From “Bataille and Mysticism: A “Dazzling Dissolution”, by Amy Hollywood, in Diacritics (summer 1996)

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After evoking the radical nothingness and unthinkableness of my death, Bataille writes that “[t]o write is to go elsewhere. The bird who sings and the man who writes deliver themselves.” They deliver themselves to death in the going elsewhere and yet also attempt to escape death through the act of writing, the inscription of an always already absent presence. The one who will receive this writing is no longer a man who can be imagined (pissing and shitting);

 I do not write for this world (surviving-intentionally-that world from which war has emerged), I write for a different world, a world without respect. I don’t desire to impose myself on it, I imagine myself being silent there, as if absent. The necessity of effacement to the point of transparency. I do not oppose real strengths or necessary connections: idealism alone (hypocrisy, lies) has the virtue to condemn the real world-to ignore its physical truth.

Bataille is caught here in his own paradox: how to reject idealism, which refuses the real world and its physical truth, while speaking to a world different from that one full of idealism, lies, and hypocrisy in which world war is inevitable (according to Bataille’s political analysis throughout the 1930s). Bataille’s strategy, like that of the mystics, is not to avoid the paradox, nor to attempt to resolve it, but to embrace it and force the reader to think it in all its contradiction. Only in this way, the text suggests, can the physical world be that other world to which Bataille speaks silence.

[…]

I am inhabited by a mania to speak, and a mania for exactitude. I imagine myself to be precise, capable, ambitious. I should have been silent and I spoke. I laugh at the fear of death: it keeps me awake! Battling against it (against fear and death). //
I write, I do not want to die.
For me, the words “I will be dead” aren’t breathable. My absence is the wind from outside. It is comical: pain is comical. I am, for my protection, in my room. But the tomb? already so near, the thought of it envelops me from head to toe. // “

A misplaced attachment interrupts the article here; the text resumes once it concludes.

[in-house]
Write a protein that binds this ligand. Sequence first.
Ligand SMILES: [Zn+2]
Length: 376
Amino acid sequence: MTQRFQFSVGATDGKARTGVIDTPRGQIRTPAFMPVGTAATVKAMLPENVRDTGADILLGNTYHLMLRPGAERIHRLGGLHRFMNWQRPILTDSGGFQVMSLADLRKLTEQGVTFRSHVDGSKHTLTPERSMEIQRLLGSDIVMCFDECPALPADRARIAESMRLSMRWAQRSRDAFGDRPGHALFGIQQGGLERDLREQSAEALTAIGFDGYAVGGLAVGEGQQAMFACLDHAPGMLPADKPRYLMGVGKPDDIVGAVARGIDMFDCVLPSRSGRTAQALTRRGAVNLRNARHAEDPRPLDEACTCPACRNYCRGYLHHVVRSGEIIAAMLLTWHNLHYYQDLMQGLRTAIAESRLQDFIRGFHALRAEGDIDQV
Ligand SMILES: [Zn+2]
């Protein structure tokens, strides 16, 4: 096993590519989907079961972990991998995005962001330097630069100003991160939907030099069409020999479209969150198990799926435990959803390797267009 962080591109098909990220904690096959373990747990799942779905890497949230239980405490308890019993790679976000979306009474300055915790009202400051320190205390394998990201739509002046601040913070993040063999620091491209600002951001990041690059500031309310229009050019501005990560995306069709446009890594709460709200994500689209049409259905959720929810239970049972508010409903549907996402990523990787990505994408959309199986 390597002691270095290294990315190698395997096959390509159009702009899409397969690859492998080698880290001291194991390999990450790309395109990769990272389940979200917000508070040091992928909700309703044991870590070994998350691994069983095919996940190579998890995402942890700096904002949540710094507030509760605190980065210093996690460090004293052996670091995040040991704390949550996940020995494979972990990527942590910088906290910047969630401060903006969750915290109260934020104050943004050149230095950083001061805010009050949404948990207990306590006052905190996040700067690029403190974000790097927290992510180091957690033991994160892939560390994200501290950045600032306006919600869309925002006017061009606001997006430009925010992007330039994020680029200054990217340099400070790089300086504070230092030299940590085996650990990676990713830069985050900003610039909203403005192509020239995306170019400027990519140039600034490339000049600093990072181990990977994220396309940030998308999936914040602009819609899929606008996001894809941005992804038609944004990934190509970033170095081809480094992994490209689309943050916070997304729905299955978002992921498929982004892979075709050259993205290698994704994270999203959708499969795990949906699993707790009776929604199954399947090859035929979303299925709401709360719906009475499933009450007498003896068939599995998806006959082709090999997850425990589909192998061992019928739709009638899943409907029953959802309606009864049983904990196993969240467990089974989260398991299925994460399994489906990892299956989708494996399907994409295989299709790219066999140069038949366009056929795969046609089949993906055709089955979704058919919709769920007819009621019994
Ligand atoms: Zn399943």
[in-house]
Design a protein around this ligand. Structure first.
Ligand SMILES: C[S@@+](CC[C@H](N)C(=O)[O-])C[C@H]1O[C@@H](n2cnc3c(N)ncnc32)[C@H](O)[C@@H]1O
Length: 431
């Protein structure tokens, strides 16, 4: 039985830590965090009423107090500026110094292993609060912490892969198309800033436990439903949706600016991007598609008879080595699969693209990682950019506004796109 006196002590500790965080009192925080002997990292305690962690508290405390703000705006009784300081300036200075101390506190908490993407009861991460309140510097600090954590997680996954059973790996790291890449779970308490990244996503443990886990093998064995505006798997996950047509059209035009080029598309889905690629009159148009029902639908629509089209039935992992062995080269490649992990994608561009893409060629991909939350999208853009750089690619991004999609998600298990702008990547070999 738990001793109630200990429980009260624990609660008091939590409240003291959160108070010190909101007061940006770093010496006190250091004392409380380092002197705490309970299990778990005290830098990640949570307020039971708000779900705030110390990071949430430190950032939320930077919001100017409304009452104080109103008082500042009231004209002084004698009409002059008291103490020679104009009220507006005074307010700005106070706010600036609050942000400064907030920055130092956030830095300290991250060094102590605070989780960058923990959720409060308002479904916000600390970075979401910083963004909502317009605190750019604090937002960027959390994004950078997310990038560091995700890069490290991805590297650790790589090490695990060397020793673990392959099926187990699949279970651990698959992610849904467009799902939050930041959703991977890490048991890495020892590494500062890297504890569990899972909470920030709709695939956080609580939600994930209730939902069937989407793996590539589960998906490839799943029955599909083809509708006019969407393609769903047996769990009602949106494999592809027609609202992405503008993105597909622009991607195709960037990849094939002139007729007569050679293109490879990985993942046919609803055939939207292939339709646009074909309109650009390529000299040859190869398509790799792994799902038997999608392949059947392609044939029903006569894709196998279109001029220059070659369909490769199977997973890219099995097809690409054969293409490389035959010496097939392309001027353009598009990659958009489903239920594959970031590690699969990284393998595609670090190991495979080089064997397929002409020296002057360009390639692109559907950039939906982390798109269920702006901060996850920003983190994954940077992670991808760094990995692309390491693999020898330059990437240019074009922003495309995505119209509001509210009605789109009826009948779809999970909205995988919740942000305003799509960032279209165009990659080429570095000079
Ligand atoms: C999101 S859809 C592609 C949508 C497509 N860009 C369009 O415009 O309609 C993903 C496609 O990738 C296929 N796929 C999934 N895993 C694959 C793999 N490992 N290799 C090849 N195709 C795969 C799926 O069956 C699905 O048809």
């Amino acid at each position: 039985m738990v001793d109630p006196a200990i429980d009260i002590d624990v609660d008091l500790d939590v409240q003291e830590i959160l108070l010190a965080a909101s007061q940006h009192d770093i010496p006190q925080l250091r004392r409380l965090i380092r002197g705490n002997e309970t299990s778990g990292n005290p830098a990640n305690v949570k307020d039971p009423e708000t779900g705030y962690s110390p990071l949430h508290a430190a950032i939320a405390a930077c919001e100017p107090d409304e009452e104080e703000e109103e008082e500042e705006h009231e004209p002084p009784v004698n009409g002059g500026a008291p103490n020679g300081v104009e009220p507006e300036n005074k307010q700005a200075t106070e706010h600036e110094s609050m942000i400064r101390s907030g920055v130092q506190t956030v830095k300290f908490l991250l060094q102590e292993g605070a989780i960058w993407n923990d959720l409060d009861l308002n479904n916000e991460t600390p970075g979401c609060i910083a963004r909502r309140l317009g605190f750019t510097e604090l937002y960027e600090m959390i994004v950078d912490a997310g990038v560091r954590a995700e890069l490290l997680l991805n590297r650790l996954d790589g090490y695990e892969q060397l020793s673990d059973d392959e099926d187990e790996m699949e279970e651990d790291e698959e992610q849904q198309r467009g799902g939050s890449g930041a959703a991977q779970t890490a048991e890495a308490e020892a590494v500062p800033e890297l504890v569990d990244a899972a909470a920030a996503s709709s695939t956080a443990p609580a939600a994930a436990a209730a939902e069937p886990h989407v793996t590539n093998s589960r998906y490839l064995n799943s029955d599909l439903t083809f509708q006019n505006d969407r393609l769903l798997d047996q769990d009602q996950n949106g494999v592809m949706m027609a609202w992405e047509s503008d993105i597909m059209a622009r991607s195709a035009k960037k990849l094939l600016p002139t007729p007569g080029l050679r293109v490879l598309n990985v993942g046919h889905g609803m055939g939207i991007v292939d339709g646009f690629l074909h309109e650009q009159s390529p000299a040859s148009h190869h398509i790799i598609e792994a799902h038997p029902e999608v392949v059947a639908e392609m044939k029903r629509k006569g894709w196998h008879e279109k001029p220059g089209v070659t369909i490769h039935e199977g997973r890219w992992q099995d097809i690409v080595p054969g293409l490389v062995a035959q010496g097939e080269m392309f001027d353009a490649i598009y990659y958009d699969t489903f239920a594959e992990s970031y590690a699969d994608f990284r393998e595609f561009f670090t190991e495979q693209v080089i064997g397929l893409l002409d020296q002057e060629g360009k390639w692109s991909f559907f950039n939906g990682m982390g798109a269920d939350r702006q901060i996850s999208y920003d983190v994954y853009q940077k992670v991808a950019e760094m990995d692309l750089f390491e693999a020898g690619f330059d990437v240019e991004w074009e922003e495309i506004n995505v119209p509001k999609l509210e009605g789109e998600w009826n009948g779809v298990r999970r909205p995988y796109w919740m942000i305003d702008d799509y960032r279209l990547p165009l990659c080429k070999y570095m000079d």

From “Bataille and Mysticism: A “Dazzling Dissolution”, by Amy Hollywood, in Diacritics (summer 1996)

From ‘Review: George Bataille’s Religion without Religion’, by Jeffrey Kosky

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” Like Friedrich Nietzsche, Bataille was disillusioned with the emancipatory aims of nineteenth- and early twentieth-century liberalism and sought a liberation beyond that promised by liberal modernity. The liberal world, according to Bataille, was the bourgeois, workaday world of modern individualism, a world that degrades man by rendering all of human activity subordinate to some end outside that activity itself. In this sense, modernity determined human life in terms of action governed by what Bataille called “project.” Project makes every moment of life servile by valuing it solely in relation to its usefulness in producing a desired end. It finds an ally or mirror, according to Bataille, in the forms of knowledge and rationality promoted by Hegelian systematic philosophy.

[…]

The Hegelian spirit, which for Bataille expressed the spirit of modernity, belongs therefore to a sad, servile, and serious culture, a culture that is always on the job, one that has no time for errant moments of laughter, tears, drunkenness, or ecstasy. These nonproductive instances of useless nonknowledge suppressed by the workaday logic of the workaday world are indices pointing to modernity’s lack of lack, its lack of the meaningless amid the fullness and completion of meaning achieved by the modern world. There is, in the modern world, no rose that grows without why.”

From ‘Review: George Bataille’s Religion without Religion’, by Jeffrey Kosky

Karaniya Metta Sutta (Sutta Nipata 18)

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What should be done by one skillful in good
So as to gain the State of Peace is this:

Let him be able, and upright and straight,
Easy to speak to, gentle, and not proud,
Contented too, supported easily,
With few tasks, and living very lightly;
His faculties serene, prudent, and modest,
Unswayed by the emotions of the clans;
And let him never do the slightest thing
That other wise men might hold blamable.

(And let him think:) “In safety and in bliss
May creatures all be of a blissful heart.
Whatever breathing beings there may be.
No matter whether they are frail or firm,
With none excepted, be they long or big
Or middle-sized, or be they short or small
Or thick, as well as those seen or unseen,